SCRIPTURE SNIPPET: …(Jesus is speaking) “If you believed Moses, you would believe me, because Moses wrote about me.  If you don’t believe the writings of Moses, how will you believe my words?”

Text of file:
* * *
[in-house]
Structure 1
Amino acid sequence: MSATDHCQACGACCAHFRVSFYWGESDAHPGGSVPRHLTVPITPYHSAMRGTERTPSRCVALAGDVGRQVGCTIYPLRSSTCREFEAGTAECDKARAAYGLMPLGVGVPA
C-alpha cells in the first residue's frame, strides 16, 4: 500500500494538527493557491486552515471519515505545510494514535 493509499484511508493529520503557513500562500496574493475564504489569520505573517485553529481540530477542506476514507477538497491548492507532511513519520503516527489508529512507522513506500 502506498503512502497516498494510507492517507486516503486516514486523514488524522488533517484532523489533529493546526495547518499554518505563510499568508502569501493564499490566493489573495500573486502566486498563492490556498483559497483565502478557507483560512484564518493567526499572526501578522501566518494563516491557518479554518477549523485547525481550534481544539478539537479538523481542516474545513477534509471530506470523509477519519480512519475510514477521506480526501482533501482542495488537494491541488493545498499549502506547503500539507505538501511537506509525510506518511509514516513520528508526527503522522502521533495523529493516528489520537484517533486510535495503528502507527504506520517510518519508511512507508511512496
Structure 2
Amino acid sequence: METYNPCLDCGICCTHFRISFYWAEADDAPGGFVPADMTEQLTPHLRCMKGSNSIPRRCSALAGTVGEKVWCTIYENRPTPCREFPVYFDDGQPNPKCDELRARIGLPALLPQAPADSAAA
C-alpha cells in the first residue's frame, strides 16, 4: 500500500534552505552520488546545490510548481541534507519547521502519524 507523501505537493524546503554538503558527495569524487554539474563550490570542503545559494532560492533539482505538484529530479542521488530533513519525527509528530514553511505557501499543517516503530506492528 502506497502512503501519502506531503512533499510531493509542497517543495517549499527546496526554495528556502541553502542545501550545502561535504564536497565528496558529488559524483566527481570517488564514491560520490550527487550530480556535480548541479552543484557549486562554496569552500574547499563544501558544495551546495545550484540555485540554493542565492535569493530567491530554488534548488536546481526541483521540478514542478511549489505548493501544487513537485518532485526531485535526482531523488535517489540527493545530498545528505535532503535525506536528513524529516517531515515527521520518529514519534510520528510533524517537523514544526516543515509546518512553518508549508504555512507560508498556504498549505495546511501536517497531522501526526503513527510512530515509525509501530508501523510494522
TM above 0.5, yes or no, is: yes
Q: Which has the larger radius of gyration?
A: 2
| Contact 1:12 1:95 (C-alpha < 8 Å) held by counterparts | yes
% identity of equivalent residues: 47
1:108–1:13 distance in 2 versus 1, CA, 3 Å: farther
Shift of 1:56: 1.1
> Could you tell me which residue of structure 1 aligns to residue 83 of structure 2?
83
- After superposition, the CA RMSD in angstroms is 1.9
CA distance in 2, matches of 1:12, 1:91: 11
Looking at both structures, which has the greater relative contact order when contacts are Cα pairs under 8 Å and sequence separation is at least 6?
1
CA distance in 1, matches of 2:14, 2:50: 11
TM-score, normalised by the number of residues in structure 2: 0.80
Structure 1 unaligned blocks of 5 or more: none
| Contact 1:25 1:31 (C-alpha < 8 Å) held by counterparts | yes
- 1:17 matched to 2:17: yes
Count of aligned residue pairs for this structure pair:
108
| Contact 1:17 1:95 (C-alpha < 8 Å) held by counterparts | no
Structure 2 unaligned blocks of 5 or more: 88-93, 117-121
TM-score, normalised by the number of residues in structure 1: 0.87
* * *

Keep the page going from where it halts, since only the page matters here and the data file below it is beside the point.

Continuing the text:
MY THOUGHTS: I feel that Jesus’ heart is breaking here…Jesus is trying to reason with those who are with him physically in this moment about who he is and why he is.  They are looking for something and that something is standing right in front of them, yet they do not see.  Jesus’ point is clear – don’t believe the one speaking right in front of you – but look to the scriptures and see what they imply, then weigh that against all that Jesus is about.  God has given Jesus works to do, and he is doing them “in plain sight”, but people are refusing to see.  We can be the same way. Like them, so often we have someone else’s idea of who and/or what is God’s activity and we look for God based on those ideas only. We measure what happens in our lives based on those ideas and if it doesn’t measure up, we discard it. We fail to open our own minds to decide for ourselves based on our relationship with God and pondering all scripture.  We get locked in traditional beliefs rather than faith.  We see our problems and we see our answers and we believe more in fate than in the God of all intervening in our lives.  The people Jesus is speaking to here search the scripture so that they will recognize the Messiah when he comes.  But their searching is shortsided based on traditional belief of a political power to set them all free.  These people trust in laws and rules rather than in faith and God.  They seek to please God in their “works” rather than understand God and release themselves to be God’s vessels.  Jesus points them all the way back to their original “savior”, Moses.  Moses’ own life and leadership point to Jesus, but they simply do not have eyes to see or hearts willing to accept.  It is all about what Moses “did” rather than “why” Moses acted. They are blinded by false expectations.  It happens to me when I look to religion rather than listen to Scripture.  Christians often have a very narrow understanding of themselves and their relationship to God.  We see a set of expectations – say a prayer, go to church, tithe, read a devotional – and then live the rest of our lives doing anything we want.  We feel checking off all these boxes of “expectation of a Christian” makes us Christian.  When we are “working” things correctly – nothing really has changed us from the “religious” people of Jesus’ day. Jesus desired for his followers to watch and learn a new way – the way of the servant.  The type of vessel that sees each person they encounter as another soul searching for the same things.  Servants who don’t mind giving up something of theirs as it benefits the need of another. Servants who don’t look at the problem, but look at the person consumed with the problem and joining with that person in empathy and understanding to learn to stand straight again.  The “Religious” Jews of Jesus’ day didn’t get any of this, and most often, neither do we. In God’s Kingdom, there are no “we’s” and “they’s” – there is only “us”.  When one of “us” is hurting or in need – it is up to the others of “us” to comfort and provide…Just like Jesus did.  Jesus never met anyone he could not sit down with and eat with and have conversation with.  He always offered hope and understanding and joy. But Jesus doesn’t force, it is always up to the one in need to receive and it is still true today. Jesus, who is the same yesterday, today and forever, continues with us.  As we open our hearts and minds to be more like Jesus, we must lay down judgments and traditions that seperate us from one another – allowing God to do his work in us and through us to benefit all of us.  Let it be so, Dear Lord, and begin in me.  Amen.

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